North Korea's Hidden Revolution: How the Information Underground Is Transforming a Closed Society
The story of North Korea's information underground and how it inspires people to seek better lives beyond their country’s borders
One of the least understood countries in the world, North Korea has long been known for its repressive regime. Yet it is far from being an impenetrable black box. Media flows covertly into the country, and fault lines are appearing in the government’s sealed informational borders. Drawing on deeply personal interviews with North Korean defectors from all walks of life, ranging from propaganda artists to diplomats, Jieun Baek tells the story of North Korea’s information underground—the network of citizens who take extraordinary risks by circulating illicit content such as foreign films, television shows, soap operas, books, and encyclopedias. By fostering an awareness of life outside North Korea and enhancing cultural knowledge, the materials these citizens disseminate are affecting the social and political consciousness of a people, as well as their everyday lives.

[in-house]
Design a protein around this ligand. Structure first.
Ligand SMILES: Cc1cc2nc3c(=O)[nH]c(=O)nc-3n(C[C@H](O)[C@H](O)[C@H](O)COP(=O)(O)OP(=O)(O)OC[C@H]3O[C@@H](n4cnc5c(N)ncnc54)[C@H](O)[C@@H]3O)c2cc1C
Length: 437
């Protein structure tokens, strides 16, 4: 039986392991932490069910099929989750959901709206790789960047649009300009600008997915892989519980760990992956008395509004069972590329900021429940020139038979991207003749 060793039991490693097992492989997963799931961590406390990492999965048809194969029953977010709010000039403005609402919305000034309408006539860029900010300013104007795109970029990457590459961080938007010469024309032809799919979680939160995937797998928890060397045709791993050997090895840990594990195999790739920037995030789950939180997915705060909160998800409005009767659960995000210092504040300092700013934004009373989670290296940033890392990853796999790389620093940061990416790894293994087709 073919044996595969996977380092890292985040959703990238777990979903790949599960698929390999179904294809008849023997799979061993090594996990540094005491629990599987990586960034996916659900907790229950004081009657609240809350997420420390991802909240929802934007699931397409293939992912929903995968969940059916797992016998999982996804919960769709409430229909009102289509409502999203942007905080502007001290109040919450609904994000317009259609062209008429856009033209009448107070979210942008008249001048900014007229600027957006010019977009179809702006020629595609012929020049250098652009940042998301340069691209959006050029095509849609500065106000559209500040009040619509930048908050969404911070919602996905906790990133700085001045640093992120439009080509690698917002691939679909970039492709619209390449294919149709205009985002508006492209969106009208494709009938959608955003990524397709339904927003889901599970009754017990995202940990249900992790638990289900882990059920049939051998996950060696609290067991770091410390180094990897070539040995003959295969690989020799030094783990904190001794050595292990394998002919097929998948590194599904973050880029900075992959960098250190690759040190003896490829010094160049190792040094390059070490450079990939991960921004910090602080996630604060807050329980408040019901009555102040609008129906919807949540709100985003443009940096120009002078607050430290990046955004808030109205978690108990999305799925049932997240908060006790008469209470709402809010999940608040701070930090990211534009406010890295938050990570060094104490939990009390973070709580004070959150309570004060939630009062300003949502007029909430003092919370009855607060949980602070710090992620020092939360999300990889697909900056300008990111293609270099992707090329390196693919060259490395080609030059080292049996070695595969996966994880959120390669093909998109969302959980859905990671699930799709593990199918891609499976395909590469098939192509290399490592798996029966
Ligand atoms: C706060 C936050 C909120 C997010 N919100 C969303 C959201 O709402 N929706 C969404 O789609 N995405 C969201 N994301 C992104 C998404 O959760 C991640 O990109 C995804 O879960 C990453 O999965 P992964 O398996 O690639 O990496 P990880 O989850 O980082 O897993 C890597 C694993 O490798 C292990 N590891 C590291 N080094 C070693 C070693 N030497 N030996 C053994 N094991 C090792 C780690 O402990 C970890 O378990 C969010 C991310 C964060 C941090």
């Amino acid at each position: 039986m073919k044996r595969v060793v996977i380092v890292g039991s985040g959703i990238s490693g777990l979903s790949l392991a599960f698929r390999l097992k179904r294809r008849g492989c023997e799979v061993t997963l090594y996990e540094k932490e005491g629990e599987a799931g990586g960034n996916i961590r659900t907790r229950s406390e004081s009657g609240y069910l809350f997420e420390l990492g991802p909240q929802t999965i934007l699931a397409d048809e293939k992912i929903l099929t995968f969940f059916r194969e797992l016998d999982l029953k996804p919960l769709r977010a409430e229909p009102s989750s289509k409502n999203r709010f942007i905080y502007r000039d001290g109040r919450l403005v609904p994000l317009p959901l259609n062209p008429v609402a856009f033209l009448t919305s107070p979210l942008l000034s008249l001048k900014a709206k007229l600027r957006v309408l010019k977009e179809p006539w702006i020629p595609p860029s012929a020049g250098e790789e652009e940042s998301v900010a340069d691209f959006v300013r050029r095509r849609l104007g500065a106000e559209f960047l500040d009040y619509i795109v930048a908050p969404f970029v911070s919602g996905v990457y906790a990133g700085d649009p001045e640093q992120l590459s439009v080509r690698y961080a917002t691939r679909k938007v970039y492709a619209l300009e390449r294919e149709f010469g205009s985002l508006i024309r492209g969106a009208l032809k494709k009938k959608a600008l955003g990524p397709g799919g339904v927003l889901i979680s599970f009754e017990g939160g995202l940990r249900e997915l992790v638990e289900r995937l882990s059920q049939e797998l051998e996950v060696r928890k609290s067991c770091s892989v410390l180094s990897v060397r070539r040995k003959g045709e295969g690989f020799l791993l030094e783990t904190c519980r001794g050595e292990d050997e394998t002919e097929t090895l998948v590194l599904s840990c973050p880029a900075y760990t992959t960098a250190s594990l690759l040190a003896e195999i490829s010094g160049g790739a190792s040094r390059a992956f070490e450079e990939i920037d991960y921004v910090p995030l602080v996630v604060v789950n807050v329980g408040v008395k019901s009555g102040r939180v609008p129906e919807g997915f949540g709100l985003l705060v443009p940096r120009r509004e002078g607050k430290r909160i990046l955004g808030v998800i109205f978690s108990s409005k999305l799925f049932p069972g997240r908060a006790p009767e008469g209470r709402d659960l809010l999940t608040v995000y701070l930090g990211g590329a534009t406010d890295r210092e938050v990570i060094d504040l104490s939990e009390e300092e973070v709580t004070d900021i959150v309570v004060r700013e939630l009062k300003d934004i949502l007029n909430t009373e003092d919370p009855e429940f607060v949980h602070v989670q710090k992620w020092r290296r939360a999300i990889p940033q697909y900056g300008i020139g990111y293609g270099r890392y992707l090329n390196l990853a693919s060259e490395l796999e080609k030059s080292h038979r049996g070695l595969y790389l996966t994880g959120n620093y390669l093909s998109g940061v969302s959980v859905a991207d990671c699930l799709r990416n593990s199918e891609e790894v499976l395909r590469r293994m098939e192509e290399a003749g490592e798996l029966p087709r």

Jieun Baek is a Ph.D. candidate in Public Policy at the University of Oxford. Previously, she was a research fellow at the Belfer Center for Science and International Affairs at Harvard University and worked at Google, where, among other roles, she served as Google Ideas’ North Korea expert. Baek received her bachelor’s and master’s degrees in Public Policy from Harvard.
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